Once upon a time, there was a grand economy, home to businesses the rest of the world envied, a talented labor pool, and booming, almost unstoppable, growth. Its real estate fueled effortless fortunes. At its peak, it didn't look like anything could get in its way.
Unfortunately, a real estate bust of unprecedented proportions ended the party, just in time for the central bank to slash interest rates as if its life depended on it, giving those who saved money a slap in the face.
I'm not talking about the United States today, although the similarities are uncanny. I'm talking about Japan in the '90s.
What happened to Japan after its own bout of credit euphoria should catch your attention. Unemployment soared, GDP growth flatlined, its currency tanked, real estate plunged, and the stock market fell consistently for many years. Not just for a few months, but about a decade. Sound awful? Imagine the same thing happening here.
With gas prices soaring and consumer confidence already heading south, the prospect of mimicking Japan's drawn-out recovery is almost too painful to discuss. Some economists forecast the U.S. economy getting back on track in the second half of this year, and even that scares the bejezus out of us. Imagine a slow, steady decline that didn't begin to mend until 2018.
Unfortunately, we're not Japan. Our economy harbors a few important traits that could make our road to recovery even worse than anything Japan experienced.
We ain't samurais
If we're going to compare our economy to the Land of the Rising Sun, let's get two important differences out of the way: Japanese citizens save their money, and Japan's economy manufactures and exports a lot of stuff. Americans, on the other hand, spend more than they make, and rely on an economy that's 70% consumer spending. That's a big, big difference, and it's not in our favor.
Japan's "lost decade" did a number on consumers, no doubt about it. Yet they were always able to save money. From 1989-2003, households still saved an average of 10.8% of their disposable income. That was extremely important, giving the weakened economy ammunition to combat outflows of capital used for investment, and allowing consumers to keep consumption virtually unchanged. The American economy has no such advantage; we're reliant on foreign investment to bridge the gap between perception and reality. (Do you really know who's paying your mortgage every month?) Japan's personal savings allowed it to partly fund its own way of life while the rest of the world looked elsewhere. Who'll pay for our way of life if the greenback loses its allure?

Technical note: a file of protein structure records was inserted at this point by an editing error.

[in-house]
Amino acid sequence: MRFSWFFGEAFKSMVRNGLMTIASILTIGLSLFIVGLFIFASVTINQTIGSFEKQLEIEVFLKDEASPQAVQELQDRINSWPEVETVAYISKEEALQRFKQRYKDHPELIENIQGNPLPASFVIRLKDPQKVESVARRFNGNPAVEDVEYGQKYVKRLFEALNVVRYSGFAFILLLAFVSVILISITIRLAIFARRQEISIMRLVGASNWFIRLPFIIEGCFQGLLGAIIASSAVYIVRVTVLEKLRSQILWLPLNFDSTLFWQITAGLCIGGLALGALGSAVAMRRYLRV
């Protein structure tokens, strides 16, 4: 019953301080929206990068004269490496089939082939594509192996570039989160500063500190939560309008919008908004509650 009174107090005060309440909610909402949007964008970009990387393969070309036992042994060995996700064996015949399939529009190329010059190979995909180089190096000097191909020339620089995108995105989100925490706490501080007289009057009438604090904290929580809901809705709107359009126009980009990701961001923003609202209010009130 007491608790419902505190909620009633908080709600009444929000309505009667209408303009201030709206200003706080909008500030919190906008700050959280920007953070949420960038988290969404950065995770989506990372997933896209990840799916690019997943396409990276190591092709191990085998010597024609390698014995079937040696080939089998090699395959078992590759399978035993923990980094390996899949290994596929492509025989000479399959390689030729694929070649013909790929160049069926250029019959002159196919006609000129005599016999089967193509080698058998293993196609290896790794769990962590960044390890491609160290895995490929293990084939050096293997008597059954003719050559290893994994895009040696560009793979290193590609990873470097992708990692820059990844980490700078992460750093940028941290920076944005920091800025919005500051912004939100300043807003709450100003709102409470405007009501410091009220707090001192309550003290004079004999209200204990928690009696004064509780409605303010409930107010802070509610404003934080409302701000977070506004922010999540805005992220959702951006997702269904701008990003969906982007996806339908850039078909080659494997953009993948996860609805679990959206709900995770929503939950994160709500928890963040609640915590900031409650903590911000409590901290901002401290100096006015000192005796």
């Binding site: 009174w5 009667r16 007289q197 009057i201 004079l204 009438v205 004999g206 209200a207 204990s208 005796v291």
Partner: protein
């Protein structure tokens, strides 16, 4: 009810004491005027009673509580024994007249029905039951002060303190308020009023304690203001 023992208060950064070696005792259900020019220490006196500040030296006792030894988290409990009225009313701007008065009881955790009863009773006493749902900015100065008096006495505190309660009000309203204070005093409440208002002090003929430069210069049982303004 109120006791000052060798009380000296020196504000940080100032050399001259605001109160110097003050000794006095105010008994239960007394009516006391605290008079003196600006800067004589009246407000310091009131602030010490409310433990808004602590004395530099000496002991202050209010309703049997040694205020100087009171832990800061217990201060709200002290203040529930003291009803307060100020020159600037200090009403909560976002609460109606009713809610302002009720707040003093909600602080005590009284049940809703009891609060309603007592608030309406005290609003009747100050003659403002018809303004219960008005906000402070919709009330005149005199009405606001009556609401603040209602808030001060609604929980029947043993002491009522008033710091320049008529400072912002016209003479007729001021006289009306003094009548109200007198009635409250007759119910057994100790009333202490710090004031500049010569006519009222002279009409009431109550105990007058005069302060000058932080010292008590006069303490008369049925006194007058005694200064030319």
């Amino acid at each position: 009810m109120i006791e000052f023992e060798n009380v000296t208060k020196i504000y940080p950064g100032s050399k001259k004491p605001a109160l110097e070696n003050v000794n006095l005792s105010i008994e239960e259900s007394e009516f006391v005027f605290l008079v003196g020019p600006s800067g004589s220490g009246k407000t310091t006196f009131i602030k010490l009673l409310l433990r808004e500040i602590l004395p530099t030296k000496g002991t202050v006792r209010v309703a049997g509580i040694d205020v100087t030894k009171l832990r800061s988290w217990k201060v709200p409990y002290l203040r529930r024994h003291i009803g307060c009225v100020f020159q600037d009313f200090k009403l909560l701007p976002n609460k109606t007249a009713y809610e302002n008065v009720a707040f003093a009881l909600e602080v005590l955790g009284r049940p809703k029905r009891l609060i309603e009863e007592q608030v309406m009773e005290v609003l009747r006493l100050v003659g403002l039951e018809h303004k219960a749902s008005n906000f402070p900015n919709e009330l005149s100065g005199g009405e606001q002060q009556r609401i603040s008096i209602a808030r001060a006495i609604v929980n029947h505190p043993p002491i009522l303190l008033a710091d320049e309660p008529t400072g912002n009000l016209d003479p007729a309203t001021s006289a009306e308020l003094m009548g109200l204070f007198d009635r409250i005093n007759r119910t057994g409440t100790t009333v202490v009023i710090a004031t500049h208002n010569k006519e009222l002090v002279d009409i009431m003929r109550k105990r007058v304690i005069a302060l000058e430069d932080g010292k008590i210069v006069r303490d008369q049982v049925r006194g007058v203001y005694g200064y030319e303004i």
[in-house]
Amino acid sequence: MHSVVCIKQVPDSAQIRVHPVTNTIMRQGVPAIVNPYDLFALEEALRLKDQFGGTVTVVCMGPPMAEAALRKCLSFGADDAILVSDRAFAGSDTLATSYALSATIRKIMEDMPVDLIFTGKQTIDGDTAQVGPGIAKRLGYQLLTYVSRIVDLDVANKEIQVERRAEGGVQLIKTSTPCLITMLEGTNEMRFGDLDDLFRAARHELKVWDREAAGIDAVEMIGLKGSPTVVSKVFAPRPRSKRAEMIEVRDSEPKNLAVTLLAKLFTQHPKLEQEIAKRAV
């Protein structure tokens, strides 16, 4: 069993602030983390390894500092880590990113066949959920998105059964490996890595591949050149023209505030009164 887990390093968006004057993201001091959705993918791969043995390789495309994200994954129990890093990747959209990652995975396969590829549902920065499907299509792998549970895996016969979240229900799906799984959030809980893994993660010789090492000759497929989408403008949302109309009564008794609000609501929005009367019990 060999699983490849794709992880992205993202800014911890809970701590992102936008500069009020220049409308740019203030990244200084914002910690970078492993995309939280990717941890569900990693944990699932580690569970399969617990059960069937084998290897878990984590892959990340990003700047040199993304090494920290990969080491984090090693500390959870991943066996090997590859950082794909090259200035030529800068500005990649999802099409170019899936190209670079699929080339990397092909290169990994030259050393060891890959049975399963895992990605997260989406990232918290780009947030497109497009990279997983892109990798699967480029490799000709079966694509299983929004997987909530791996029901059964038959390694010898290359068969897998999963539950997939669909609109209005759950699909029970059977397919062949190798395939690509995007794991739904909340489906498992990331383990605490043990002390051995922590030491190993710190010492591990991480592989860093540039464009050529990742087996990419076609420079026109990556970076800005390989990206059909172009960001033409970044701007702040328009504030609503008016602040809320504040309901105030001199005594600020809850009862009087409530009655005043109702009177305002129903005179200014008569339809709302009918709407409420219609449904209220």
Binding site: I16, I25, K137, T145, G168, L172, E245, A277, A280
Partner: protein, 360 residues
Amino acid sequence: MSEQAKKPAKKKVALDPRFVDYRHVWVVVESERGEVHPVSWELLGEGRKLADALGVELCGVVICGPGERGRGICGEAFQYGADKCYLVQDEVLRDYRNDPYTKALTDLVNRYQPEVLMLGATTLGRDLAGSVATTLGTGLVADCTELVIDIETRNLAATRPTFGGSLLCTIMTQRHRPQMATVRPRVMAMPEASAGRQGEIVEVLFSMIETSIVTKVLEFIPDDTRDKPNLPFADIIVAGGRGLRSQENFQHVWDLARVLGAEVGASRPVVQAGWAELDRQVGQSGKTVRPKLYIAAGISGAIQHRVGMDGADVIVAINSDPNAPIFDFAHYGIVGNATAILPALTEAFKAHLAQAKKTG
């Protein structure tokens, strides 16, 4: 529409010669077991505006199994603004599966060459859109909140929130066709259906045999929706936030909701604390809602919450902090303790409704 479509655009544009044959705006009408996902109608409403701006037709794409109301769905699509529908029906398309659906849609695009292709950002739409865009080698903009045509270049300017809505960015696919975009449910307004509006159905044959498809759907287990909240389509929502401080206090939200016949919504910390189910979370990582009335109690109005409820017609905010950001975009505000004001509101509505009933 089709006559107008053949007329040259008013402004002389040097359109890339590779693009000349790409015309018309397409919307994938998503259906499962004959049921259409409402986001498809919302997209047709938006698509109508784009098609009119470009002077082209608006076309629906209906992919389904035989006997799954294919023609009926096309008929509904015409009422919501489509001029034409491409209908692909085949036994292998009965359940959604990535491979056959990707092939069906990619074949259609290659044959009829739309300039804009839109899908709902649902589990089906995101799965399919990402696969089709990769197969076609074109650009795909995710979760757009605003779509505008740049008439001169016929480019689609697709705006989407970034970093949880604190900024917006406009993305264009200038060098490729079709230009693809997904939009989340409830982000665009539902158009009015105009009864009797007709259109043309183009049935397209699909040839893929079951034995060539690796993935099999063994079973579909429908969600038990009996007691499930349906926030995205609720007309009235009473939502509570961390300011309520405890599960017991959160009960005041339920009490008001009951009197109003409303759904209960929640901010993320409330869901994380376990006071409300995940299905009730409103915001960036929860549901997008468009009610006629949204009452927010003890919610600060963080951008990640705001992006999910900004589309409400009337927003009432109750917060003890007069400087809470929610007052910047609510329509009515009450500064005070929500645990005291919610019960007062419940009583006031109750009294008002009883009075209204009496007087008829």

To be sure, that hasn't happened yet. Citigroup, Morgan Stanley, and a slew of other troubled American companies had no trouble snapping their fingers and getting foreign capital when times got tough. But there's no guarantee that good fortune will continue. No part of globalization dictates that the rest of the world is required to fund America's spending binge indefinitely. And with up-and-coming economies like China and India on a tear, it's tough to buy the argument that America is too big to fail. The Roman Empire, the Ottoman Empire, the British Empire, the Aztecs, the Inca Empire, and Britney Spears -- they all fell from dominance. We can, too.
By trade betrayed
Even during its period of economic lethargy, Japan had the rest of the world buying its products at a feverish pace. Throughout the "lost decade," Japan kept a foreign trade surplus every year, likely fueled in part by America's thirst for products from the likes of Sony
Again, we have no such luxury. The U.S. economy has posted a trade deficit every year since 1976, and our running foreign tab now expands by nearly $2 billion every day. Sure, we're home to a collection of truly global juggernauts, like Coca-Cola
What, me worry?
The American economy is still gigantic, prosperous, and nimble. But the history of countries that overindulge on such a monstrous scale isn't too comforting. As Winston Churchill once said, "Those that fail to learn from history are doomed to repeat it." Let's hope Fed chief Ben Bernanke paid attention in history class.
Further looming Foolishness: